The future of 122 MPhil and PhD students of Delhi University’s Hindi department hangs in the balance as two aspirants, who were not selected to the programme, have approached the Delhi High Court against the alleged “illegal, arbitrary and unfair selection and admission of candidates”. All 122 students have been impleaded in the case and are expected to appear in the next hearing on March 27.
The petitioners have asked the court to “quash the list of candidates selected for admission to MPhil/PhD programme”, alleging that the university violated the procedure for admission. Students said that with just days to go for the hearing, the department had not communicated to them if they were supposed to hire their own lawyers or if the university would represent them.
Justice C Hari Shankar, in his order dated January 10, stated, “For the reasons stated in the application, the prayer for impleadment of the said candidates is allowed… This application seeks an ad interim order staying selection and admission process to the PhD course in Hindi, during the pendency of the present writ petition. Learned counsel for the respondent points out that admissions have already taken place. Be that as it may, all admissions effected to the said course would remain subject to the outcome of the present writ petition.”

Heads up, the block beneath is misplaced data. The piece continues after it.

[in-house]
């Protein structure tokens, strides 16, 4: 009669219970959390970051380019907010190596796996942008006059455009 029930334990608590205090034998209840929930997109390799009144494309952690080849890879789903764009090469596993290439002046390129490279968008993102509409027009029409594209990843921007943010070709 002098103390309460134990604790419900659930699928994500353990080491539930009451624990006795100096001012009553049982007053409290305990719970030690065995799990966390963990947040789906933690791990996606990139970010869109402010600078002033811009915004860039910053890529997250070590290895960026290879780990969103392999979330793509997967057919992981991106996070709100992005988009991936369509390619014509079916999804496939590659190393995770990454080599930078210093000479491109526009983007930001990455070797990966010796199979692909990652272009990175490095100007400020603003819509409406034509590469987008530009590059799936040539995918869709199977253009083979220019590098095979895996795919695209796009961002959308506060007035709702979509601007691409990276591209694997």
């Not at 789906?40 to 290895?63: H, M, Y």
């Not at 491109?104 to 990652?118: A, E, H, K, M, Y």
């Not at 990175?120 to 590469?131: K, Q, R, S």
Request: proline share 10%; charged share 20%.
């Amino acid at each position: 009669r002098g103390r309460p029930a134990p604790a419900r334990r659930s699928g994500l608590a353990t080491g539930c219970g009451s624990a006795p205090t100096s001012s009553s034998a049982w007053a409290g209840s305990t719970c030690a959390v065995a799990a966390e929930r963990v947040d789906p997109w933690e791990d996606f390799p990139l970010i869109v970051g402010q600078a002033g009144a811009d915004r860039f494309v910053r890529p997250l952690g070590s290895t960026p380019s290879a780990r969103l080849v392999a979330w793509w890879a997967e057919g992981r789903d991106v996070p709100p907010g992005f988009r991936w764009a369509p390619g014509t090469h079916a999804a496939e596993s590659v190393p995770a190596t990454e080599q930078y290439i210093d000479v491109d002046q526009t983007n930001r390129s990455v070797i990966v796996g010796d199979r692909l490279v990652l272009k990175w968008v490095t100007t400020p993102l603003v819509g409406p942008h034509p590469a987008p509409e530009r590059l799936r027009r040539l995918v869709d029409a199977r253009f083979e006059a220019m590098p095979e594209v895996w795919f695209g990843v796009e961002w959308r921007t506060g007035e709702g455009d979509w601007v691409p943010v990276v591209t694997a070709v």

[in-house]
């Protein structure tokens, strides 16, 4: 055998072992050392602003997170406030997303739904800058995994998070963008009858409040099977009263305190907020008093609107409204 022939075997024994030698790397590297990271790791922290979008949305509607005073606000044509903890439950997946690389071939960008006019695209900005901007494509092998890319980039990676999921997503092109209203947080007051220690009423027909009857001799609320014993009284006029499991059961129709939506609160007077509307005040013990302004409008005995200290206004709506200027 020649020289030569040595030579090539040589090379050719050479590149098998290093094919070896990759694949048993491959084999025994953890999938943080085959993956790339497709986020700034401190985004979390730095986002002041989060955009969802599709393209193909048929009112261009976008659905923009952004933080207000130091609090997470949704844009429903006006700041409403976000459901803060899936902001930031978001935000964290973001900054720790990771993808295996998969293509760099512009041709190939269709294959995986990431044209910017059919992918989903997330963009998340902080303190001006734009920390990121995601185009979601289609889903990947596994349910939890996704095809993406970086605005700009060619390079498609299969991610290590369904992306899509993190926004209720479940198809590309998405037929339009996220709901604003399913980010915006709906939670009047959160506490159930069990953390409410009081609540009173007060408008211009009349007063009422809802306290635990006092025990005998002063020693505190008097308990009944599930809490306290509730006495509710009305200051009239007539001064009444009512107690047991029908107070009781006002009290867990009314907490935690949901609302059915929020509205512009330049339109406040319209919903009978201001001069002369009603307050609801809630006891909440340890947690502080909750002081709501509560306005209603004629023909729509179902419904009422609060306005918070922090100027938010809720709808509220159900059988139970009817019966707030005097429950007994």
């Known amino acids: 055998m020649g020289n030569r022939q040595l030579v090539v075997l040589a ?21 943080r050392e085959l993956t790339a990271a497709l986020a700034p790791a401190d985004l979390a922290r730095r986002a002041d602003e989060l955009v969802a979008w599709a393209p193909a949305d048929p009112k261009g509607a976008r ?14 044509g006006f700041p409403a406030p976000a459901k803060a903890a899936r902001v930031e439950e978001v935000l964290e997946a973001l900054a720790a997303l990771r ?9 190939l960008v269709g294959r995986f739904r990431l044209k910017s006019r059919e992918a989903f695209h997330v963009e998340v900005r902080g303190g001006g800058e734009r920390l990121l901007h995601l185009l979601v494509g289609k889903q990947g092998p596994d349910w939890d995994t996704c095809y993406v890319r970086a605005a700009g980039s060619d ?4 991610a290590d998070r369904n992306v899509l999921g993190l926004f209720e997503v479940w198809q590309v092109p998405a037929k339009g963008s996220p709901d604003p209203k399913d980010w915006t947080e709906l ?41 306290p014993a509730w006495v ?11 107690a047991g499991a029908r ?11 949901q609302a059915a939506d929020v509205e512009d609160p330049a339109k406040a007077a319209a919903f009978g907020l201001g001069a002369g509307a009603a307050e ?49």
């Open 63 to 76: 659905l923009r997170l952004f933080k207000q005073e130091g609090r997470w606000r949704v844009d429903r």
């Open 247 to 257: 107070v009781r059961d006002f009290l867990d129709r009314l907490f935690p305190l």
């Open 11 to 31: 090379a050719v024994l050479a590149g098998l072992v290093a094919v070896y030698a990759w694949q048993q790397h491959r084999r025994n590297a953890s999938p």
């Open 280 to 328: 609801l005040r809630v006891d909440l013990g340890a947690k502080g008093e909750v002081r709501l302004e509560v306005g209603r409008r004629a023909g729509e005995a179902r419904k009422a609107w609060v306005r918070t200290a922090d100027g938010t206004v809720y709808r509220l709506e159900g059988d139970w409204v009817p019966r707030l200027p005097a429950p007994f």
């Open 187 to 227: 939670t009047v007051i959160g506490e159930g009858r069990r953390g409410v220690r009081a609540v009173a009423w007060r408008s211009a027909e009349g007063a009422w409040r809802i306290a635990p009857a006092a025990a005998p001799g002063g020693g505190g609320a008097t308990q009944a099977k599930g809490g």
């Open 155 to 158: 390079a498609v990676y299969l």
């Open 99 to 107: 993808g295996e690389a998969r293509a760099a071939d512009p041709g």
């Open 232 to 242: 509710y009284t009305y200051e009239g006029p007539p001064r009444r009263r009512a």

The two students, Krishanand and Jitendra Singh, had approached the court through their lawyer Farrukh Khan. They said the common entrance test for MPhil and PhD was held on June 21 last year, in which Krishanand appeared as the topper, having scored 180 out of 200 marks in the entrance test, while Singh was rank 20 after securing 135 marks. However, on November 16, when names of eligible candidates were published, theirs did not appear on the list.
“As per rules, person who qualified can be admitted to MPhil/PhD programme directly without going through entrance test… Procedure of admissions was violated and selection process for MPhil/PhD was arbitrary,” they alleged in the petition.
A current student of MPhil told The Indian Express that they had received an email from the petitioner’s advocates, asking them to “ensure your appearance in the court proceedings”. “Nothing has been communicated to us by the university,” the student said.
Head of the Hindi Department, Professor Mohan, did not respond to calls and texts by The Indian Express.
Amit Bansal, who is representing DU, said, “I don’t remember the specifics of this case, but the department must have followed due procedure.”
Khan, who is representing the petitioners, said, “We impleaded as per the court’s directions, because if my writ succeeds, some students’ admissions will be cancelled… They must have the right to defend themselves in court.”